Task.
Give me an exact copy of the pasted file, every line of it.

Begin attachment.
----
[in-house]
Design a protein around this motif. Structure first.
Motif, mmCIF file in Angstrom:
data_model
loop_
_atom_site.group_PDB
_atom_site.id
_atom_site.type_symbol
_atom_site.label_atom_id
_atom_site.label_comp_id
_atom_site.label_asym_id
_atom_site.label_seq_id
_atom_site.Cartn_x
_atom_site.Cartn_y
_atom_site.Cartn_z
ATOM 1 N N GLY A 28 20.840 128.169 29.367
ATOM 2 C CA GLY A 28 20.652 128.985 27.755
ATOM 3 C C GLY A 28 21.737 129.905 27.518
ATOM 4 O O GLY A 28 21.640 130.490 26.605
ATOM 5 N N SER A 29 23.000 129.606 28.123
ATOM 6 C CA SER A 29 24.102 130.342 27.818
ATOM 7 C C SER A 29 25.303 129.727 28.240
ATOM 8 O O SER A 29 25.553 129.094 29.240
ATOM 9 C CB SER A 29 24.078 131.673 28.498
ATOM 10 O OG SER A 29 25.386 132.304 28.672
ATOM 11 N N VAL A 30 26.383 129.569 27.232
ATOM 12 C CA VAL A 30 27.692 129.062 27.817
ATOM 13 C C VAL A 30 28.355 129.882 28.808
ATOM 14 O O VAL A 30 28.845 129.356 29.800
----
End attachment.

[in-house]
Design a protein around this motif. Structure first.
Motif, mmCIF file in Angstrom:
data_model
loop_
_atom_site.group_PDB
_atom_site.id
_atom_site.type_symbol
_atom_site.label_atom_id
_atom_site.label_comp_id
_atom_site.label_asym_id
_atom_site.label_seq_id
_atom_site.Cartn_x
_atom_site.Cartn_y
_atom_site.Cartn_z
ATOM 1 N N GLY A 28 20.840 128.169 29.367
ATOM 2 C CA GLY A 28 20.652 128.985 27.755
ATOM 3 C C GLY A 28 21.737 129.905 27.518
ATOM 4 O O GLY A 28 21.640 130.490 26.605
ATOM 5 N N SER A 29 23.000 129.606 28.123
ATOM 6 C CA SER A 29 24.102 130.342 27.818
ATOM 7 C C SER A 29 25.303 129.727 28.240
ATOM 8 O O SER A 29 25.553 129.094 29.240
ATOM 9 C CB SER A 29 24.078 131.673 28.498
ATOM 10 O OG SER A 29 25.386 132.304 28.672
ATOM 11 N N VAL A 30 26.383 129.569 27.232
ATOM 12 C CA VAL A 30 27.692 129.062 27.817
ATOM 13 C C VAL A 30 28.355 129.882 28.808
ATOM 14 O O VAL A 30 28.845 129.356 29.800